Last Saturday we pressed the grapes from our clay amphora. This is an experimental lot of about 300 kg of grapes that we crushed and fermented back in September 2011. Ever since we moved ito the current winery in Morata de Tajuña a few years ago, I’d been noticing these two old clay amphorae sitting in a corner of the patio, gehtering dust and leaves. So finally, last August, I mede the effort, and I managed to convince Juan (my partner) and the other Juan (the owner of the winery and of the amphorae) to clean one and to use it to make wine (see this post).
So in Spetember, when we harvested the Malvar grapes from our new vineyard in Villarejo, we filled up the amphora with manually crushed grapes, sealed it, and basically left it alone. We didn’t add any substances at all (no SO2) and we just punched down the cap every so often until the skins didn’t float any more. Anyway, that’s 5 months of skin contact.
During this time, the skins, pips, lees, etc all sank to the bottom and the top became liquid – a golden transparent liquid.. Every so often we would open up the ‘lid’ (a plastic sheet tied down tightly) and we would taste the wine to see how it was developing.
Phase 1, as is the case with any of our operations, was cleaning and setting up. In this case it was quite simple as all we needed was a basket press, a stainless steel tank and pneumatic lid, and some assorted bits and pieces.
Phase 2 was scooping out the liquid part from the top of the amphora. We used buckets and poured it straight into a separate airtight container, not into the press. We want to keep this wine separate from the wine we press off the grapes, to see if they are different in any way. With hindsight, we realized that we could have moved this wine by gravity, just using a simple plastic hose or tube, but we didn’t think that there would be so much of it. We expected only a few bottles worth, but we ended up with about 50 liters. A little lesson learned there for the future!
Phase 3 was scooping out the grapey-winey semi-solid mush and puting it into the basket press. This we did with buckets until the level got too low for us to reach down into.
Phase 4 was tipping the ampora over so we could continue to scoop out and fill the press. We had to be really careful as we didn’t want to have an accident and break the amphora, so we secured it to the wall with a wire, after tipping it over to about 45º. But no good – we still couldn’t reach all the way down to the bottom, so we just laid it down horizontally. Mission accomplished! And with the added bonus that the quantity on the amphora was just right to fill the basket press, so we could press the lot in only one session.
Phase 5. The last phase is always cleaning the equipment used and tidying up. A great bore to be sure, but really necessary!
Some thoughts and some tasting notes
We were all surprised at the quality of both the liquid wine at the top and of the soupy gunge at the bottom. There were absolutley no off-tastes or off-aromas. During the tastings over the last 5 months, the dominant tastes and aromas were those of clay and earth! And we weren’t really too happy about that. But on Saturday, for the first time, we tasted the wine physically far away from the amphora (we went outside into the patio), and the clay and earth tastes and aromas were almost gone! They certainly weren’t dominant. Instead we could taste ‘normal wine’ with notes of citrus, quite tannic and mineral and bitter, but with some sweetness there too. We think that this wine has got some way to go still, and that it will age well. In fact, we’re thinking of looking for a used oak barrel, that was used for white wine, and ageing it in there for a while. In a week or so, depending on tastings, and ambient temperatures, and level of clarification, we’ll rack off the big lees, let it settle down again, and see how it develops. Maybe we’ll keet the two lots separate or maybe mix them back together again.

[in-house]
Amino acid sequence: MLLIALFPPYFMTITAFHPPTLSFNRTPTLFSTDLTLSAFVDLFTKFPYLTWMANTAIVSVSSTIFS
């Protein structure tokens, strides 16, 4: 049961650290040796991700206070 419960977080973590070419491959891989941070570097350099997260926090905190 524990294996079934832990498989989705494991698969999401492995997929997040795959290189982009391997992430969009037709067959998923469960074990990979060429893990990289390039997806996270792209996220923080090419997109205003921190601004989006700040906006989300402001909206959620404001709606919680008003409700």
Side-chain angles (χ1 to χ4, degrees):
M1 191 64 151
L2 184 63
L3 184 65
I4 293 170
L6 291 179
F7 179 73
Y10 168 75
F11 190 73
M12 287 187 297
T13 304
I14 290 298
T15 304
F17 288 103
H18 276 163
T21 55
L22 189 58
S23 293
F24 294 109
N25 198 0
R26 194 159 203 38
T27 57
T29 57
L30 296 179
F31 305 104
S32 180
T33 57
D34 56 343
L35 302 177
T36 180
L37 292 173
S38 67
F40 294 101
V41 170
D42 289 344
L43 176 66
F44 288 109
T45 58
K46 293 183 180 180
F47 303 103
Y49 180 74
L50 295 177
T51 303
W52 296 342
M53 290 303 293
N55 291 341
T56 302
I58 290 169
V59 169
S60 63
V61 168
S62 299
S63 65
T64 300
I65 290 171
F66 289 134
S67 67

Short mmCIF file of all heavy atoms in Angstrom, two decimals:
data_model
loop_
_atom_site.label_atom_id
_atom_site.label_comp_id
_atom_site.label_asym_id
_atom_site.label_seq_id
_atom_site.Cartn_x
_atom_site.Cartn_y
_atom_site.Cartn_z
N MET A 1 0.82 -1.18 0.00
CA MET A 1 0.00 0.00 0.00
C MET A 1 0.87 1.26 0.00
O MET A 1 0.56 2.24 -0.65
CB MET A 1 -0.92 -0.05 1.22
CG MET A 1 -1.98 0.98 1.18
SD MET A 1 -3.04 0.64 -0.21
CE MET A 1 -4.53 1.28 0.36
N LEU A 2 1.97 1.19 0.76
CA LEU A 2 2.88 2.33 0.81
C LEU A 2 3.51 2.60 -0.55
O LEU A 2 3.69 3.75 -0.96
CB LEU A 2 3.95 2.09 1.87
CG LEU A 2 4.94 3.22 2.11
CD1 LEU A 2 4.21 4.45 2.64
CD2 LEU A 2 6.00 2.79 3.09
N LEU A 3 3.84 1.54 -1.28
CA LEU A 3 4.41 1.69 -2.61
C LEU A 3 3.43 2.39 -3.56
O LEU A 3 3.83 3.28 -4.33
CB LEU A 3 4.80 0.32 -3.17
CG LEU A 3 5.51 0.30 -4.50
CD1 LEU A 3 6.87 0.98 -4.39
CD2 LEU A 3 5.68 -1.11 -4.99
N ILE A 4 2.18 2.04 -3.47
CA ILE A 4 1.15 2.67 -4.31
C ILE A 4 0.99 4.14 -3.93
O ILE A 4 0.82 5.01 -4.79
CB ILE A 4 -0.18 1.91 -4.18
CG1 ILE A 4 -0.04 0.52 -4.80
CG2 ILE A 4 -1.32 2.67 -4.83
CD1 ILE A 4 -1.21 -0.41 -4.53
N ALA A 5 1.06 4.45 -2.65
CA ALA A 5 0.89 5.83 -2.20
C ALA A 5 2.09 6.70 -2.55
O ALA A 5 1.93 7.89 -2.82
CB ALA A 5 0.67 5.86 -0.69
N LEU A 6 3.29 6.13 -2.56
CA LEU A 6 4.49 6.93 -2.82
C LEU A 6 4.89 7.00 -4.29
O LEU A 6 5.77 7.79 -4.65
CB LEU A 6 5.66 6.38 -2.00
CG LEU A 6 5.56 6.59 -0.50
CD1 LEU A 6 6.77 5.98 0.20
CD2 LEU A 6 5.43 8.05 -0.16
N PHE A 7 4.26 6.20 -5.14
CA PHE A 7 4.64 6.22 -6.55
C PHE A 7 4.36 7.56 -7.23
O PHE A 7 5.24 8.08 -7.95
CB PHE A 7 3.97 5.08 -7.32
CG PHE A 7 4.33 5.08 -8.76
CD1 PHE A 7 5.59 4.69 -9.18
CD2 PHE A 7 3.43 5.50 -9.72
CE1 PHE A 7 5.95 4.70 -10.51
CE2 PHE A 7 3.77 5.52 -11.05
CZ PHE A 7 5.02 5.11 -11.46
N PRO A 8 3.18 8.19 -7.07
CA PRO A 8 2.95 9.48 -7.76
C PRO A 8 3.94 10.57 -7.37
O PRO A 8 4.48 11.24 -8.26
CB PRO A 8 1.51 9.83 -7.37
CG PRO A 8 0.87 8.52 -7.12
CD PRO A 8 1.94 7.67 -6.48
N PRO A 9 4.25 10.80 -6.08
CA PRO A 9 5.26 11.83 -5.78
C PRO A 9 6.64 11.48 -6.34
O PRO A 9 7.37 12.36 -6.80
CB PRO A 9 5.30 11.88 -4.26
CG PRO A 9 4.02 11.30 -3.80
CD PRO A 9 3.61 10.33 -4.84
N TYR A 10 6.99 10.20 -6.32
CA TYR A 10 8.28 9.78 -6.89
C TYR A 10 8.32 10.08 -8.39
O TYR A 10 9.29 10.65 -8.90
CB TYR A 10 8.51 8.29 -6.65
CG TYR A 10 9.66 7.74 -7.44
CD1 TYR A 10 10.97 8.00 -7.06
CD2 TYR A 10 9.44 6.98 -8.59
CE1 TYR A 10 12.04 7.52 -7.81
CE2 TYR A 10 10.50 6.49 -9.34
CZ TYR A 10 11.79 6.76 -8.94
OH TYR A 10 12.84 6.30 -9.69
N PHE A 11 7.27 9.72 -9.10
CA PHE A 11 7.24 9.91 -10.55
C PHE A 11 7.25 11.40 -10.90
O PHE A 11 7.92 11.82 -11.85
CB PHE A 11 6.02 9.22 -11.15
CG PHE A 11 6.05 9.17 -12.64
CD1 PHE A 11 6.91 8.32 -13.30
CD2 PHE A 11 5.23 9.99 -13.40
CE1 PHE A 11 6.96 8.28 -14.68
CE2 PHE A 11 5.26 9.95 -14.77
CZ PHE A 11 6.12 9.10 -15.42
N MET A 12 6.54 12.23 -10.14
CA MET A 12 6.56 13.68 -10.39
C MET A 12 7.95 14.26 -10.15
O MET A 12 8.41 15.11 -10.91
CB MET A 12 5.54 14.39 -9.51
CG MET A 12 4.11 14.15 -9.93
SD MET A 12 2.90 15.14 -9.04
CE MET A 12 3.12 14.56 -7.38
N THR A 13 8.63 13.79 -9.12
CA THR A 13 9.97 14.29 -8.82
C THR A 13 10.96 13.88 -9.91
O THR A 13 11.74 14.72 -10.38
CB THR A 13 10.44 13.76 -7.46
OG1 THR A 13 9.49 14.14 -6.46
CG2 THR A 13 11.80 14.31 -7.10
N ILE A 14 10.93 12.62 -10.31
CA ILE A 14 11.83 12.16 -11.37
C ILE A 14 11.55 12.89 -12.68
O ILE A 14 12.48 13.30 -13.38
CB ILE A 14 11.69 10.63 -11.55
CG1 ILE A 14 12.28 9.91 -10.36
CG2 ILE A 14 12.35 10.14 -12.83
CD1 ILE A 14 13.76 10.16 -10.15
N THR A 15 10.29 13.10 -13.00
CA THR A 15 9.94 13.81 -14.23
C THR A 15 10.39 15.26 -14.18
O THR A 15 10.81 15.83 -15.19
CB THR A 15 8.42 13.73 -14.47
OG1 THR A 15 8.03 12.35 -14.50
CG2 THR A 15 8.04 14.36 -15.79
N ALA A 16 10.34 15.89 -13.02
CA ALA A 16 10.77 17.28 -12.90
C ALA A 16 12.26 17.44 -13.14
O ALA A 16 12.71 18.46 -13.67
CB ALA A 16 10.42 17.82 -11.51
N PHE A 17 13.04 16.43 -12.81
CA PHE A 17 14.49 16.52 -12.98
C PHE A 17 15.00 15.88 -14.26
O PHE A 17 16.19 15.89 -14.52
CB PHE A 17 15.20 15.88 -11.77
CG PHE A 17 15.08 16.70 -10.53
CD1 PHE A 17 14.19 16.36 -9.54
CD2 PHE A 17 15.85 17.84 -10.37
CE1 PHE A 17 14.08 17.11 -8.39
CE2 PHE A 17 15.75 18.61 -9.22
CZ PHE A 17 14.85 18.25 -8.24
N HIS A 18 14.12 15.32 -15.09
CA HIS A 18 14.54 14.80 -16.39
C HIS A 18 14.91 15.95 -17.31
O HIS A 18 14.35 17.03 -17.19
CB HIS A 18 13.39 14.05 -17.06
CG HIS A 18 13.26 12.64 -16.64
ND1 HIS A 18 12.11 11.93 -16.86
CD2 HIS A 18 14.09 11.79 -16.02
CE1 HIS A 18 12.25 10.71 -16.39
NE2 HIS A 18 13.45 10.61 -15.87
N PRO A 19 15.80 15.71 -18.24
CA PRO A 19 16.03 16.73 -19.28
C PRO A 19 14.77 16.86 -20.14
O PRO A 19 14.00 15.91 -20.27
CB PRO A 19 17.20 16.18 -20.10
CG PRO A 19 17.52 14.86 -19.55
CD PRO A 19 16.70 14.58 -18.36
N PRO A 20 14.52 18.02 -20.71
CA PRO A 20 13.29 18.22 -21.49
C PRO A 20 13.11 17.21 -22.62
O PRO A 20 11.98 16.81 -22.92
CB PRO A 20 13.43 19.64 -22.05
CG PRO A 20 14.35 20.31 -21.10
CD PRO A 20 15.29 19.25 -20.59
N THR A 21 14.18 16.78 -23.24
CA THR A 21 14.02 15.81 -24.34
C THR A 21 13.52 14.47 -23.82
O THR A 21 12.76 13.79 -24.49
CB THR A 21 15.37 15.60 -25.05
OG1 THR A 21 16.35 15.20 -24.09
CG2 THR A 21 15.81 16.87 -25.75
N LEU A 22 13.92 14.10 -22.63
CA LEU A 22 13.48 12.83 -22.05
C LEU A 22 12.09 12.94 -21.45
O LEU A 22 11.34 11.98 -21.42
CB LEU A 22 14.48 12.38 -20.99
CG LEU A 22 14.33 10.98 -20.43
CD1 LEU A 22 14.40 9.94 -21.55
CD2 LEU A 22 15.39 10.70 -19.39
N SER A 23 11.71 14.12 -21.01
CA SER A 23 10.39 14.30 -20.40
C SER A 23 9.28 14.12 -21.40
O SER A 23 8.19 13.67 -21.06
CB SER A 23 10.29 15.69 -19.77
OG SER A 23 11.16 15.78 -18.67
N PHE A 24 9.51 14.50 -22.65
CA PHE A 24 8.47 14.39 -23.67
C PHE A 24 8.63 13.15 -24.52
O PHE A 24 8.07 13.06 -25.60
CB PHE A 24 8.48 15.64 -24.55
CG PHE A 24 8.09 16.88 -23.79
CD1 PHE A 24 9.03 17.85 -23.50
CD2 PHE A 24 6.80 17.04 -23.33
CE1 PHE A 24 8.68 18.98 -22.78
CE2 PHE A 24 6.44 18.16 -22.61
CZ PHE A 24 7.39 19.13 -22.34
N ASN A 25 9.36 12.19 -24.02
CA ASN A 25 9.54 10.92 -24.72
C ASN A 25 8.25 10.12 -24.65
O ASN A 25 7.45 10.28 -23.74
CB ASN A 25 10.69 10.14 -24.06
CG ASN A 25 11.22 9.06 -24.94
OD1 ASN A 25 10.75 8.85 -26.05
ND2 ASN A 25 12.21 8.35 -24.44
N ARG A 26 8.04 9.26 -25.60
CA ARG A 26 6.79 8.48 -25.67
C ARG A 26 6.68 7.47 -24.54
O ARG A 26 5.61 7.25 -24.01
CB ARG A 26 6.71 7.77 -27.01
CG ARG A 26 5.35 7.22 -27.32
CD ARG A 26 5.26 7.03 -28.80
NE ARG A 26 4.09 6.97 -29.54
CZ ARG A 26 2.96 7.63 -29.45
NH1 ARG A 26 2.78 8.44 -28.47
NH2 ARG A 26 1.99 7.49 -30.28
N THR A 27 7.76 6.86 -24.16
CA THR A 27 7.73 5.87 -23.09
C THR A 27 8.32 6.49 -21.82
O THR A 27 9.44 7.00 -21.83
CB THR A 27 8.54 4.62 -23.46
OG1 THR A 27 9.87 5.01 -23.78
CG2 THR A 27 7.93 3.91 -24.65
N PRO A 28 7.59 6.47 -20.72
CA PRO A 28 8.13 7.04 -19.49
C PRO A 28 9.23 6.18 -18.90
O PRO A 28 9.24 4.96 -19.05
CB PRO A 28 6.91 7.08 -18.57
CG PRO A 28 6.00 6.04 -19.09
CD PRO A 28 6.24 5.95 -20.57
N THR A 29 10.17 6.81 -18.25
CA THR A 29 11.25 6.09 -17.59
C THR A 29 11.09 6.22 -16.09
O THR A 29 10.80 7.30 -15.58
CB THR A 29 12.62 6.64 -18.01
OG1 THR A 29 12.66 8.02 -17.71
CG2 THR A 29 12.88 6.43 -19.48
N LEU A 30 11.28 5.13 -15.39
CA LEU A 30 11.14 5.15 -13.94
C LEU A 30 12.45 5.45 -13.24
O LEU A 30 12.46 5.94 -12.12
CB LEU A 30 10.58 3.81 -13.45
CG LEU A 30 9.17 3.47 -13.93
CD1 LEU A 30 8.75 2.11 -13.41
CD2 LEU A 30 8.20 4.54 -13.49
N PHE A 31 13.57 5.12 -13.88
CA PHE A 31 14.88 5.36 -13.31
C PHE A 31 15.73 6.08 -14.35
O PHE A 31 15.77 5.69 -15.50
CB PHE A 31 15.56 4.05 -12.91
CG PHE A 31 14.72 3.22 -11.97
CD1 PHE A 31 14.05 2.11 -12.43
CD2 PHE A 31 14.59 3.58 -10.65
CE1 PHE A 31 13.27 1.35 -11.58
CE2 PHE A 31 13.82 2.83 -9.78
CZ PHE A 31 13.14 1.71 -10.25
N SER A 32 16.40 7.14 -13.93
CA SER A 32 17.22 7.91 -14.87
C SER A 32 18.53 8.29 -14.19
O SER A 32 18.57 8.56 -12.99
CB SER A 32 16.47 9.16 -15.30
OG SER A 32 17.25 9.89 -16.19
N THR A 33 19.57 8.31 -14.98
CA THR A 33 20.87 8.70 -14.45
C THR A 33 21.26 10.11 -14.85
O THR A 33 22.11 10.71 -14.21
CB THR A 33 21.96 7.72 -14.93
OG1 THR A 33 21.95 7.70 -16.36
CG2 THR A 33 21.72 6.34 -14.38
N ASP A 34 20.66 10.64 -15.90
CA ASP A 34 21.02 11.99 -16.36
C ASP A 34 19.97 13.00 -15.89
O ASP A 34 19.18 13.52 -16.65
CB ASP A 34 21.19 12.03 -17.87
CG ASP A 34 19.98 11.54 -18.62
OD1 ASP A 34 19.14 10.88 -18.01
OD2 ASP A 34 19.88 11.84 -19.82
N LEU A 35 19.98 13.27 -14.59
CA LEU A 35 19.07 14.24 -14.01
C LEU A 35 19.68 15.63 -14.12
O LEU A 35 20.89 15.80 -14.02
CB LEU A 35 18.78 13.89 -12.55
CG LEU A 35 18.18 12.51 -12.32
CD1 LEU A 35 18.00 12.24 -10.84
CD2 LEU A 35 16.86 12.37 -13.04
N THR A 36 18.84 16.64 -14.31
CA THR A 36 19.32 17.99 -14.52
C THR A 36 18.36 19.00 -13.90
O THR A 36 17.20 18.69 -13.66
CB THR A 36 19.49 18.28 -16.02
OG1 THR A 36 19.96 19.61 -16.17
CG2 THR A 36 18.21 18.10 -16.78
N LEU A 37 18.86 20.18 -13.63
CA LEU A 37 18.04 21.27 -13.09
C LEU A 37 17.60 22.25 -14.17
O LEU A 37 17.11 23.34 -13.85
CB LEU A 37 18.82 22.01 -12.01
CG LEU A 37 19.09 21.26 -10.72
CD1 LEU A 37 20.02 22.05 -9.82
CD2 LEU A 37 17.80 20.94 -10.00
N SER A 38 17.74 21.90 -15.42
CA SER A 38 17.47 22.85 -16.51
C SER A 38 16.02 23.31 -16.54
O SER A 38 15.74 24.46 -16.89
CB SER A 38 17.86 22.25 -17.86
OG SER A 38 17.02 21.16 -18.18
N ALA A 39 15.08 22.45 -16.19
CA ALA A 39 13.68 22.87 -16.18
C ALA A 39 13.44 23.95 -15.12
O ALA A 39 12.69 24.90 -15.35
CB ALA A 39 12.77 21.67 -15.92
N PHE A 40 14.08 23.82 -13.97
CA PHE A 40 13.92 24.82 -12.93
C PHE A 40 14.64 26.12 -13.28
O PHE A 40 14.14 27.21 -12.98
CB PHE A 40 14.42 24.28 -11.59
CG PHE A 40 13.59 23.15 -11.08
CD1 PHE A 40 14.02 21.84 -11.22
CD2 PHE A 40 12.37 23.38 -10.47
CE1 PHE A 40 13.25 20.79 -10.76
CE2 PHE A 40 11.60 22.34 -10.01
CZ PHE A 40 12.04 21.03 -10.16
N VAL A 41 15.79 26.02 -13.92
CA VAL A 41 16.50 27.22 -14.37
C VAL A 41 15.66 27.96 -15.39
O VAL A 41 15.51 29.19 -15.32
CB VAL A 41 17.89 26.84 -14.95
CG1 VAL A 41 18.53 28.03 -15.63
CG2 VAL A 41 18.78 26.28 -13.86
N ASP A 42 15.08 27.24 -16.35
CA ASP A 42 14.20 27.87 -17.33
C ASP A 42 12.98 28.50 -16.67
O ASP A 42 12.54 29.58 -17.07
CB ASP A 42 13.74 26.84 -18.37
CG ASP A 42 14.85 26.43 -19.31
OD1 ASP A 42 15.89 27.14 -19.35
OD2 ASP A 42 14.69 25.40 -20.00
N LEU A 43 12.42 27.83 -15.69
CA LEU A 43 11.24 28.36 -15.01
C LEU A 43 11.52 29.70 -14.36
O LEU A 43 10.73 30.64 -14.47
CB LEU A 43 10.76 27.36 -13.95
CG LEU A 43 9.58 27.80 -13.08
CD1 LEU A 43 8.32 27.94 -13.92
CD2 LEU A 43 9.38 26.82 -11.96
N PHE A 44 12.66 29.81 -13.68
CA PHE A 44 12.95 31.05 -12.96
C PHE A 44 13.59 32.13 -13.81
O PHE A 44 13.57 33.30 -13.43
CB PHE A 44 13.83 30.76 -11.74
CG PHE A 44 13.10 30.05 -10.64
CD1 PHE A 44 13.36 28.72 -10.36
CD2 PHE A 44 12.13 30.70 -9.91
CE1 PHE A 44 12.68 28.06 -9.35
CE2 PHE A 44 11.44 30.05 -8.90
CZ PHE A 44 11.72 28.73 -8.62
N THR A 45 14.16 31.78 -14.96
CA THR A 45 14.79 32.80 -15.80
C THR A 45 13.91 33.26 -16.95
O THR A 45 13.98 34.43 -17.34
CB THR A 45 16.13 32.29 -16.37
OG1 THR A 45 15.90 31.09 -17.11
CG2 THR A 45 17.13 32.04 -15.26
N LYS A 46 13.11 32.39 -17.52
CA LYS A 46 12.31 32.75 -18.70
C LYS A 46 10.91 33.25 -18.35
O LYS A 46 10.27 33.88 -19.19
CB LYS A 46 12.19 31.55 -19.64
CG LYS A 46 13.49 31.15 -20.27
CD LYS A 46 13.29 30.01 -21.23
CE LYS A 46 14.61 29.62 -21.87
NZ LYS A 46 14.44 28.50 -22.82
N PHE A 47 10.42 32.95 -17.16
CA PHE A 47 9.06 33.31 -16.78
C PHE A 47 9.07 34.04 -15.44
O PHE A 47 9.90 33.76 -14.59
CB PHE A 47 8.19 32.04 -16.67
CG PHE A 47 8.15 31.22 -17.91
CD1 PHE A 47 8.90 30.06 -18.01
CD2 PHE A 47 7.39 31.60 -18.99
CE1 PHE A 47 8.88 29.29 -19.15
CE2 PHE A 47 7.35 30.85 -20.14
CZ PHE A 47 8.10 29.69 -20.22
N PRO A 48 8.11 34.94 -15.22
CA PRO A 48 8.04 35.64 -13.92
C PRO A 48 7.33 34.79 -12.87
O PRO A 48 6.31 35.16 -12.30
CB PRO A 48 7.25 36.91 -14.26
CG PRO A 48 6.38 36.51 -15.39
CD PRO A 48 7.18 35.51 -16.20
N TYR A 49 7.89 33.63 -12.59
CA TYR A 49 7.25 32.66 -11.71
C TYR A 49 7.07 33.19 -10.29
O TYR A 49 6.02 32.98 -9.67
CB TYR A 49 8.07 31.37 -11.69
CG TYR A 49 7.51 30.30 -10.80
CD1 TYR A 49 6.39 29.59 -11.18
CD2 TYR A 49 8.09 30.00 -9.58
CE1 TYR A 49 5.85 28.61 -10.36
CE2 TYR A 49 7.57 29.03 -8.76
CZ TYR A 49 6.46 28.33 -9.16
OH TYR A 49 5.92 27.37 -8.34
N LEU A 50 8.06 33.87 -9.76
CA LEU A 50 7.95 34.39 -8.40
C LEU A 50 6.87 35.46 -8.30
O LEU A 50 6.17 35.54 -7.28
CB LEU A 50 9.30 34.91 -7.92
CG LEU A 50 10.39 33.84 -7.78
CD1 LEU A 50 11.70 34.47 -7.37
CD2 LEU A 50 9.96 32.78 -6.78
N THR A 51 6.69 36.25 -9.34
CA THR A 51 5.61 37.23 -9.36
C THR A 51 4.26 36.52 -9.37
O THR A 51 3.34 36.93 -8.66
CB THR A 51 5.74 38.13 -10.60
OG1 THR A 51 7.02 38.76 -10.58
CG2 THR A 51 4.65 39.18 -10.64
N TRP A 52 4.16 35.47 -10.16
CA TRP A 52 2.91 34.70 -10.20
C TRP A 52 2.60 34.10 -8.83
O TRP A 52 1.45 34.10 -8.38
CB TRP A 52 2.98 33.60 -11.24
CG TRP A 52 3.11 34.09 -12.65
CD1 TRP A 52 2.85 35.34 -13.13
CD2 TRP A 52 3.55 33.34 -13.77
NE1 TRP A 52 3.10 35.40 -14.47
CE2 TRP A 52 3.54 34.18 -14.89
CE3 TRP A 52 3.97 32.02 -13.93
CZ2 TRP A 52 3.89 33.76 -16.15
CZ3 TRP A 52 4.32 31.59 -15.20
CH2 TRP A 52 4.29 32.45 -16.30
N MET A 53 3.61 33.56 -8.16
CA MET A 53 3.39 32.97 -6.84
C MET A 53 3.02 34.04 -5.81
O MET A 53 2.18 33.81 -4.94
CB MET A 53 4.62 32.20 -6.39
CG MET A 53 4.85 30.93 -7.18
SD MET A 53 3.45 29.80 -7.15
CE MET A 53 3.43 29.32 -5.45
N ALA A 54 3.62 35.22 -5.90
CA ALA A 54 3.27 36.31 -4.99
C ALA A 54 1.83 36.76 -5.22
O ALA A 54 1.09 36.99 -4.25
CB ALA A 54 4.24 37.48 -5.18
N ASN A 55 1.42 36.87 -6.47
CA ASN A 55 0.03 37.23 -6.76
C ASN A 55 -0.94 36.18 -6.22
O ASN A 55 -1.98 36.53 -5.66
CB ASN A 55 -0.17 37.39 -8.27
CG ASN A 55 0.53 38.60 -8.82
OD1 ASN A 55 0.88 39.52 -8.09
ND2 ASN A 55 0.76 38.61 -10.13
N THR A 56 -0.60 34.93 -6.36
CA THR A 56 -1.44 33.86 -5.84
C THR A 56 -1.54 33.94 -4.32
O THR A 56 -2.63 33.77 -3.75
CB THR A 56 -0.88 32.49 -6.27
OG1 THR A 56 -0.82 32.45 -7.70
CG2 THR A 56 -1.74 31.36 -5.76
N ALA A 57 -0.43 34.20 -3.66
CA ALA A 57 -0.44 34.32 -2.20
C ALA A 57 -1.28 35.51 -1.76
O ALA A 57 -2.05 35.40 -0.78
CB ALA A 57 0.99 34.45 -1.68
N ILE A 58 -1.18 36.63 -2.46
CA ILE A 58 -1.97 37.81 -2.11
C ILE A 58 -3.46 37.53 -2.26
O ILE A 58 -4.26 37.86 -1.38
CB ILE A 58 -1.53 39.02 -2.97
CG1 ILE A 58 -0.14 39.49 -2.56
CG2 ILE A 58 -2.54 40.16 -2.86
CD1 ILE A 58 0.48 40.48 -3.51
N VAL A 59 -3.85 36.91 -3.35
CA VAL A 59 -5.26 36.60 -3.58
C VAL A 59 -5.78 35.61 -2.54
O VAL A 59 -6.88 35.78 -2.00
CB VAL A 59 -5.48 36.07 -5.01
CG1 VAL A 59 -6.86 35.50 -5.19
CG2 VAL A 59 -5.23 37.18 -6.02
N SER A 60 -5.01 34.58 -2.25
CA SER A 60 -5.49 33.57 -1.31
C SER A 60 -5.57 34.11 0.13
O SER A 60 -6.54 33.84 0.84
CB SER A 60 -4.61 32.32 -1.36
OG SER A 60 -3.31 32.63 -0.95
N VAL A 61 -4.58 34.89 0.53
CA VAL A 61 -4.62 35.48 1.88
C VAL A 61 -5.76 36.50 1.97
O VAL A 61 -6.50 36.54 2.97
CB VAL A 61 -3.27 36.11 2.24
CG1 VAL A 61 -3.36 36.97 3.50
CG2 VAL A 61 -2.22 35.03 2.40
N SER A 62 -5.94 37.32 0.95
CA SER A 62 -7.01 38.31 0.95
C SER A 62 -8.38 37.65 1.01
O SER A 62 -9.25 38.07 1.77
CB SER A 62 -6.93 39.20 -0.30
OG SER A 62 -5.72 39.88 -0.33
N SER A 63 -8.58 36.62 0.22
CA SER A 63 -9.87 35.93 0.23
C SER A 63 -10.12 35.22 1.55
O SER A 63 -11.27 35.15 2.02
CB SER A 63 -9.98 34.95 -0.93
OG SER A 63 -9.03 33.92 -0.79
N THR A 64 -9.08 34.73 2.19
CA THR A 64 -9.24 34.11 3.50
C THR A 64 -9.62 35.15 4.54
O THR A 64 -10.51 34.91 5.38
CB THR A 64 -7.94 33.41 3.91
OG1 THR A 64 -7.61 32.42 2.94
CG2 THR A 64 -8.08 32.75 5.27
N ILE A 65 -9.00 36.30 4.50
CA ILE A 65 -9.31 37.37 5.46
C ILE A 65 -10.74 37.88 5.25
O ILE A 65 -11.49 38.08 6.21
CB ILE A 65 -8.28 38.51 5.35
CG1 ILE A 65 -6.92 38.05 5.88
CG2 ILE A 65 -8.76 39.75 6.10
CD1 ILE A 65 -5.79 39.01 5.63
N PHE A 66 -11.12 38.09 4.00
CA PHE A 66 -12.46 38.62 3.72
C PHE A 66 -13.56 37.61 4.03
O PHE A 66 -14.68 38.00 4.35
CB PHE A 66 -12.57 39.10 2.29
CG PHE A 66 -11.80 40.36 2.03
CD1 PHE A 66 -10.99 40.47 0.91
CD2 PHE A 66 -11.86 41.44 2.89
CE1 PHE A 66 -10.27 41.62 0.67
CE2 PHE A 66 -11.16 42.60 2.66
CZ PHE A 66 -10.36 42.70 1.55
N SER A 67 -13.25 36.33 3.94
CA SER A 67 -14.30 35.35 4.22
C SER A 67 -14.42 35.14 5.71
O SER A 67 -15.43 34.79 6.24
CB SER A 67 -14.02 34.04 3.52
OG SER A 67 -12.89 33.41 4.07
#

I wonder how they did it in the old days before stainless steel and when clay amphorae were common, especially the big fat ones that ccould hold thousands of liters. How on earth did the move the grapes/must/wine/pomace?
Mid-morning as we were pressing the grapes, we received a surprise visit from a group of people who are going to open a stall in the Municipal Market (in the Lavapiés District of Madrid), selling organic wine, not only in bottles but also loose, by the liter, in recyclable, reusable containers, in some arrangement with their customers. I think that’s a great initiative, as these municipal markets are kind of languishing these days – I suppose due to competition from supermarkets, shopping malls and an aging population in the city centre.
They told me that the Ayuntamiento (City Council) has relaxed its Byzantine requirements for obtaining a license, but that even so it was still a Kafkaesque nightmare! They haven’t actually got their license yet, but they’ve started sourcing their local organic wines already – hence their surprise visit. After us, they were off to see another organic wine producer Andrés Morate in Belmonte del Tajo. Anyway, I hope they like the samples we gave them and that they succeed in obtaining their license and that they order some wine from us.